Symphony No. 1, “The War”

Cover: Chris Strawbridge, Yoru (Night), ca. 2012

Audio exported from MuseScore:

Audio mixed and exported from Dorico (29 Apr 2021):

Audio uploaded to YouTube with cover art and movement names (30 Apr 2021):

Cover: Chris Strawbridge, Yoru (Night), ca. 2012

Some notes:

(1) what if this happened?
(2) I am now
Interlude: “everything was forever until it was no more”
(3) an occupying army
(4) decades had passed

The past four years were ruinous for every aspect of life and affected nearly everyone, some to a heart-breakingly greater degree. We came to a slow realization that our country and nearly half of the people–no matter the decline of quality of life for them personally–were deeply flawed. Last year redoubled the tragedies of the previous three. There are moments too difficult to think about and near-misses that weigh on us, their potential so close to happening that they are effectively an experience no less real.

This program symphony is a summation of those years.

1st Movement: what if this happened?

Concerns our awakening imagination that our confidence was misplaced. The unremarkable days of the first theme are attempted twice, and twice devolve. The second theme hints at the decay to come. A return then to a blissful ignorance using the first theme, and closing with the second again, which becomes a record going in reverse and skipping, repeating the same phrase.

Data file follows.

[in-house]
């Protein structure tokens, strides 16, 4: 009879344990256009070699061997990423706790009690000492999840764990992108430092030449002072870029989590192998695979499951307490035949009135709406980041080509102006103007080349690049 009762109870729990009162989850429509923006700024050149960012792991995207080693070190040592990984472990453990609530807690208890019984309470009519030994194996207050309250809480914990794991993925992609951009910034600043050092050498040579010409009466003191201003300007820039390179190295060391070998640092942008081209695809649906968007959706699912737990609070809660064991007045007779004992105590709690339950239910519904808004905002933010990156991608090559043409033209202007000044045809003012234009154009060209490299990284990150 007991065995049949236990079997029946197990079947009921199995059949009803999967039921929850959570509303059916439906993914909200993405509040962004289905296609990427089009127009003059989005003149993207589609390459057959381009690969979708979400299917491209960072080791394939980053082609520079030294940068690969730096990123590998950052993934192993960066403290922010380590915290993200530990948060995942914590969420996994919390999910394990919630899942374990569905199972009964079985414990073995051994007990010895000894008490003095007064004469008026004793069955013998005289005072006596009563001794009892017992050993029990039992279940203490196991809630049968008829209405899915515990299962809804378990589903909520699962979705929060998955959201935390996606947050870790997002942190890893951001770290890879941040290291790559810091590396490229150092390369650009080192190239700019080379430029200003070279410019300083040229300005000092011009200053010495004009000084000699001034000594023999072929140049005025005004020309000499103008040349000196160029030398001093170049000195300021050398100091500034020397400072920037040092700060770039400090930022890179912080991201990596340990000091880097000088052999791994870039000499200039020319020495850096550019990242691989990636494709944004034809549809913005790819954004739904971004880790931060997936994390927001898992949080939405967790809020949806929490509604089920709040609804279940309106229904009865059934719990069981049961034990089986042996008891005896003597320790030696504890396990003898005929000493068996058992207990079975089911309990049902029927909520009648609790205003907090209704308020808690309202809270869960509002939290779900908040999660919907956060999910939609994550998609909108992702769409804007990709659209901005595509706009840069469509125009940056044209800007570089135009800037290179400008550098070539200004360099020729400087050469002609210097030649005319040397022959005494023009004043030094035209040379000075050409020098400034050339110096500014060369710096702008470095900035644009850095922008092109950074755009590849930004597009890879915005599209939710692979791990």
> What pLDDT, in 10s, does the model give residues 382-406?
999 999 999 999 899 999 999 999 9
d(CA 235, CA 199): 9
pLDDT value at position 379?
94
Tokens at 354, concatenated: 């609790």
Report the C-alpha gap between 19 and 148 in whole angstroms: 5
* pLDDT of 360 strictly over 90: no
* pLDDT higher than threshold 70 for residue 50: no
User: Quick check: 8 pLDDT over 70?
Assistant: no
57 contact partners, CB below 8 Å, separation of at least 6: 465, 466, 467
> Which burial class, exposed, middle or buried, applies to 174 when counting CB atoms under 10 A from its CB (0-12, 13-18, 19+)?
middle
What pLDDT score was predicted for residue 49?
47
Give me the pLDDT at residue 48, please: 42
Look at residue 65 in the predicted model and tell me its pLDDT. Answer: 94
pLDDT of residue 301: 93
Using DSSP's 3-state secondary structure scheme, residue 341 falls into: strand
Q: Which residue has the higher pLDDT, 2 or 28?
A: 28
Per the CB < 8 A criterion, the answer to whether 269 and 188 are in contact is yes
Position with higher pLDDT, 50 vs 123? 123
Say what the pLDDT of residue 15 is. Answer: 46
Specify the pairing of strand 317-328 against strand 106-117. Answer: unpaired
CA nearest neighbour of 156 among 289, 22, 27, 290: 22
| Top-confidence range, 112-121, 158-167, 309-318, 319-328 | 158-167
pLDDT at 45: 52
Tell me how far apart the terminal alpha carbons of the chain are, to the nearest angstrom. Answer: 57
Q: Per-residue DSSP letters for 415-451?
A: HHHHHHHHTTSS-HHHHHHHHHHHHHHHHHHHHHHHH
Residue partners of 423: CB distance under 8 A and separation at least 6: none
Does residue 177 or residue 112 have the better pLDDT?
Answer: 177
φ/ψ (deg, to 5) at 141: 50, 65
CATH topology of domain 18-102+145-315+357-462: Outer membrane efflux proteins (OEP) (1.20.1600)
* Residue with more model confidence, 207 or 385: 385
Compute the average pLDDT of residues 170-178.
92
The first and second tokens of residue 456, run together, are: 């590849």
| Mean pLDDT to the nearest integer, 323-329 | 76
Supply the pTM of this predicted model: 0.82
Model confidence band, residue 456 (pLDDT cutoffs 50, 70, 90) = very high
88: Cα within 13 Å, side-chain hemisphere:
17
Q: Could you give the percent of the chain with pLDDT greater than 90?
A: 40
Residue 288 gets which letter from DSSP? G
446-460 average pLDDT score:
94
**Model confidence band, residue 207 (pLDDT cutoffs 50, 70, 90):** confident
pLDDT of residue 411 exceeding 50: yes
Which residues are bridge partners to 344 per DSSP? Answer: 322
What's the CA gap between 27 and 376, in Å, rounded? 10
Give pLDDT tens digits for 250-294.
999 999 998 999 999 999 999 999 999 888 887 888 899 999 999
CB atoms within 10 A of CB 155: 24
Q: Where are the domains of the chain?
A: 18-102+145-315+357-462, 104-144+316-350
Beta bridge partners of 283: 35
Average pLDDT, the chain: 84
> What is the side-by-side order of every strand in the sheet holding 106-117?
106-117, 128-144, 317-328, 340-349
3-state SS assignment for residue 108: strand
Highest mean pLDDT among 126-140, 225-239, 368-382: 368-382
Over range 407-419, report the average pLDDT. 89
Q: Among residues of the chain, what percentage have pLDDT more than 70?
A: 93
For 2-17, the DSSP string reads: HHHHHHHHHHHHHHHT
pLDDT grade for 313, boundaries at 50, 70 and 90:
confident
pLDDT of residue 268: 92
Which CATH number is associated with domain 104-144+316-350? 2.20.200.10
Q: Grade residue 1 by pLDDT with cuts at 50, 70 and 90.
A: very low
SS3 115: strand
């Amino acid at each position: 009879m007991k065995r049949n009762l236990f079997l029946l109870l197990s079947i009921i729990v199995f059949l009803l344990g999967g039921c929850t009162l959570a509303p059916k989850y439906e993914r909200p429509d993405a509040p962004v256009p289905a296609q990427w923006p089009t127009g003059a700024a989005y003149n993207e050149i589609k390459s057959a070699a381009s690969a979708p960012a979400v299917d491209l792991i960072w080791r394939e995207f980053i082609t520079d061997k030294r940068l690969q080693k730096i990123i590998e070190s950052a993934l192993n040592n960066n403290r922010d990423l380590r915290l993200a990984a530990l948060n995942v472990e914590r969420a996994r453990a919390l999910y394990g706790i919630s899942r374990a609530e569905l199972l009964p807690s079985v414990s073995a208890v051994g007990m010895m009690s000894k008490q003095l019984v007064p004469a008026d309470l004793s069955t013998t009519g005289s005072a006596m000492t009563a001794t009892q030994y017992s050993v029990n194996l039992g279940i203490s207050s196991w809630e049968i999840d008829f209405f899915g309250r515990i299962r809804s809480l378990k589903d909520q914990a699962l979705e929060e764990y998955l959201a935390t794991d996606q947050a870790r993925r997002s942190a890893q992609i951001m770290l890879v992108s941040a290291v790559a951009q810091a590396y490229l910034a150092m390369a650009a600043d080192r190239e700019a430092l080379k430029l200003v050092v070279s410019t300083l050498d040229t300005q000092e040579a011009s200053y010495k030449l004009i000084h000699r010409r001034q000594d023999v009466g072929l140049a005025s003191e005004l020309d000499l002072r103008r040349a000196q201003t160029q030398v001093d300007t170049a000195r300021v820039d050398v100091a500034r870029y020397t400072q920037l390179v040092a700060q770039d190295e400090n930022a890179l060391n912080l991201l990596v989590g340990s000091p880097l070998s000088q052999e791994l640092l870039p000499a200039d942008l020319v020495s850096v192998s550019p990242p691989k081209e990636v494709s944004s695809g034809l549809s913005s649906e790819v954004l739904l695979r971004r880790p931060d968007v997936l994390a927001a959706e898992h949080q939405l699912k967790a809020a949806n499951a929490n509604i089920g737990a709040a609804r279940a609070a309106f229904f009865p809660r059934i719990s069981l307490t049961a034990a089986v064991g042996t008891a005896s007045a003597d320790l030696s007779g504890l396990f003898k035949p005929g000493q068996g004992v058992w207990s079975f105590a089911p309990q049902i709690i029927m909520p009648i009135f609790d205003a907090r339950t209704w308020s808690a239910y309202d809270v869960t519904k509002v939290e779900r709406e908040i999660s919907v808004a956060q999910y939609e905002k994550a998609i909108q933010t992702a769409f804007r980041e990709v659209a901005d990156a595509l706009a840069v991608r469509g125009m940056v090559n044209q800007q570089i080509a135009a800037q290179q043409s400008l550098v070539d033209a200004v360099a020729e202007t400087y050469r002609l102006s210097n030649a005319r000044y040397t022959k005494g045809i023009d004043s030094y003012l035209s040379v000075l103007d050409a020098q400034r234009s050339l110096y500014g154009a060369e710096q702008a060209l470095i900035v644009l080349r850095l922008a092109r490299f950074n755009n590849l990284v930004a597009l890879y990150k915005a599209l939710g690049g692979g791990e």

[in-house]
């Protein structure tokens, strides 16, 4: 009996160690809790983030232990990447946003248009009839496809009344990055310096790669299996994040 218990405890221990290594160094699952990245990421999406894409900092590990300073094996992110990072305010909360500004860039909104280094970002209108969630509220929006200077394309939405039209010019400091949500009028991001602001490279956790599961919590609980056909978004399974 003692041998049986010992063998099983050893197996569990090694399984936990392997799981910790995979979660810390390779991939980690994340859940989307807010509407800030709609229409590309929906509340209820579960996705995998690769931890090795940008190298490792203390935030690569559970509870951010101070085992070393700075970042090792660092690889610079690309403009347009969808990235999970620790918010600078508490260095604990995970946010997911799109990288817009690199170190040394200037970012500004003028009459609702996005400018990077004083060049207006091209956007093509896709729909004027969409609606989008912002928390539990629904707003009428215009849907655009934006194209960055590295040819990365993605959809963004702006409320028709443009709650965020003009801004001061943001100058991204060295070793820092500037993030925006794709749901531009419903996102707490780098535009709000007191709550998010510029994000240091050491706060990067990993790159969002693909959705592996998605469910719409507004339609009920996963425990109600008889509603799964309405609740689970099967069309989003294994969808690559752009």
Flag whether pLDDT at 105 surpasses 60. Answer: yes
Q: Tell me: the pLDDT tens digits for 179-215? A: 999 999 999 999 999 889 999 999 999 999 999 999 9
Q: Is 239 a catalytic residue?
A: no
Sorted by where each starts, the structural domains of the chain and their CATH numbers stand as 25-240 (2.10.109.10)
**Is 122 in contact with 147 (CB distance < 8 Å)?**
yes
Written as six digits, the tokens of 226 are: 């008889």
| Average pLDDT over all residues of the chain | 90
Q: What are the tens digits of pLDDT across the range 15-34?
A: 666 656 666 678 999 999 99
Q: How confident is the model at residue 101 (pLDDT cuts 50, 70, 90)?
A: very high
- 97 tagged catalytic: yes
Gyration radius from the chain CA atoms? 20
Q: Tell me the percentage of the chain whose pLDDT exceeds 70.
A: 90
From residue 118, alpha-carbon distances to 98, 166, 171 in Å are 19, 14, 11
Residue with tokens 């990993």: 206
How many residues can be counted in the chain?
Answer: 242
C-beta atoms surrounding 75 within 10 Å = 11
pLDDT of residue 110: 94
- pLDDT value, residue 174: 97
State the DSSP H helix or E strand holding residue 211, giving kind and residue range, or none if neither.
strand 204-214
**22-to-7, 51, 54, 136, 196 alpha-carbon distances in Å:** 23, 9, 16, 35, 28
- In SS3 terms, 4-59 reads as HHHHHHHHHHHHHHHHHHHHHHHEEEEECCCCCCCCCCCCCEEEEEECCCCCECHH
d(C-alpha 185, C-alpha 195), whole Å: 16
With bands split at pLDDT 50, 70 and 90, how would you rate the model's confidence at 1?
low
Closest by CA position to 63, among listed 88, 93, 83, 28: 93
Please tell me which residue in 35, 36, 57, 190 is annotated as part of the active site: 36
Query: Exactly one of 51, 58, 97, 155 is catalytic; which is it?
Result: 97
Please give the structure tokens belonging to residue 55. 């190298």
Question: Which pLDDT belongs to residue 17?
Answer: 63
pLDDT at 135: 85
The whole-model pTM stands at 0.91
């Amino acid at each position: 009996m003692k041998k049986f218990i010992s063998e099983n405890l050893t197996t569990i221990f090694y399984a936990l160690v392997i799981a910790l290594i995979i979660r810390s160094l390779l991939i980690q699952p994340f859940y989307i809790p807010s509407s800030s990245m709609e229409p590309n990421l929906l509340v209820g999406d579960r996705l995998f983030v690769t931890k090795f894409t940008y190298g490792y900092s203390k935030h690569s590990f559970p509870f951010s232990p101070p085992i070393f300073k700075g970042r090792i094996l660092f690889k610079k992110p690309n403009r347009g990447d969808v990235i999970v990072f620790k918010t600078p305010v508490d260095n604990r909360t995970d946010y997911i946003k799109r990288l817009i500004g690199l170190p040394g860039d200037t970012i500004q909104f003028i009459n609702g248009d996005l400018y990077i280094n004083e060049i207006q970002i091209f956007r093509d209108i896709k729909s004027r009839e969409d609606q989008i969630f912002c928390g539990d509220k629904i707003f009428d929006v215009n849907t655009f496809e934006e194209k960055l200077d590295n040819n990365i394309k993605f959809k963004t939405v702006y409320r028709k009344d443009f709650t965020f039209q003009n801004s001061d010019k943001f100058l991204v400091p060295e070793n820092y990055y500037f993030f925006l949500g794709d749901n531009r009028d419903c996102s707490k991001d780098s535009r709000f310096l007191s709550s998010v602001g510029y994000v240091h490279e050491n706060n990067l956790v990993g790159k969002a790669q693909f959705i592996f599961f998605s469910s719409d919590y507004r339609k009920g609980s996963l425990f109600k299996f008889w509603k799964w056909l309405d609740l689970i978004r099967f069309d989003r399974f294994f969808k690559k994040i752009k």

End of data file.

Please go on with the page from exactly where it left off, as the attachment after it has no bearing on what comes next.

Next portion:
2nd Movement: I am now

The years for me were spent living a fragmented life. Any day could bring a new tragedy for human rights and liberty, environmental stability, international shame, and the knowledge that the destruction will be long-lasting. What was once damage from neglect became willful and selfish nihilism. The moments of forgetting these made the return to them that much more jarring.

Interlude: “everything was forever until it was no more”

The title is stolen from the title of a book about the collapse of the Soviet Union. The closing melody is reworked in the next two movements.

3rd Movement: an occupying army

During the police and pseudo-military attacks on the BLM protesters, especially those peacefully protesting at the capitol in June, it became apparent that our society had been invaded and occupied. This third movement is unstructured flash grenades, tear gas, rubber bullets, and pepper spray. The insurrection on 6 January felt the same, but–like the amplification of the last year from the previous three–exponentially shattering and with the perpetrators reversed.

4th Movement: decades had passed

This doesn’t end after an election or a year or a decade. There’s permanent damage whose consequences are difficult/impossible to even guess at. The post-Civil War South and post-World War II Germany hint at our future. One is well over a century old and the other is approaching that. Neither is over.

The middle section of the movement is the melody that was introduced in the Interlude, and that was then buried in the mess of an occupying army. The closing section is a softer version of the skipping record that closed the first movement.